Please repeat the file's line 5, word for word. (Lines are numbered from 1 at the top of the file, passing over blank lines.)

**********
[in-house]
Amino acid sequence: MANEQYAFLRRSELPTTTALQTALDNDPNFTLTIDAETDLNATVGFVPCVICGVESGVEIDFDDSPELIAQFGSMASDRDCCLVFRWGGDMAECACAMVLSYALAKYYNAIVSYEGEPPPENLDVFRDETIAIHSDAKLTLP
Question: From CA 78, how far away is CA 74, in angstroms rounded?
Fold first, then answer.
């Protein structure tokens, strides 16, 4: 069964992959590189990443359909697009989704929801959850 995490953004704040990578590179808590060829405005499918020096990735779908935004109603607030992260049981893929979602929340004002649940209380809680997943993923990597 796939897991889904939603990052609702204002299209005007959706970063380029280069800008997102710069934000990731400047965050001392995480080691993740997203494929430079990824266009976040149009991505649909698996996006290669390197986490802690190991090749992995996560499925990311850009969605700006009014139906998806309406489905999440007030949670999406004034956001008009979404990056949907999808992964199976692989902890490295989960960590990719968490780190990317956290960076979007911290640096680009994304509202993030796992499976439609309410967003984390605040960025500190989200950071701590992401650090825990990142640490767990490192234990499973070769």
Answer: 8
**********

């Protein structure tokens, strides 16, 4: 069964992959590189990443359909697009989704929801959850 995490953004704040990578590179808590060829405005499918020096990735779908935004109603607030992260049981893929979602929340004002649940209380809680997943993923990597 796939897991889904939603990052609702204002299209005007959706970063380029280069800008997102710069934000990731400047965050001392995480080691993740997203494929430079990824266009976040149009991505649909698996996006290669390197986490802690190991090749992995996560499925990311850009969605700006009014139906998806309406489905999440007030949670999406004034956001008009979404990056949907999808992964199976692989902890490295989960960590990719968490780190990317956290960076979007911290640096680009994304509202993030796992499976439609309410967003984390605040960025500190989200950071701590992401650090825990990142640490767990490192234990499973070769």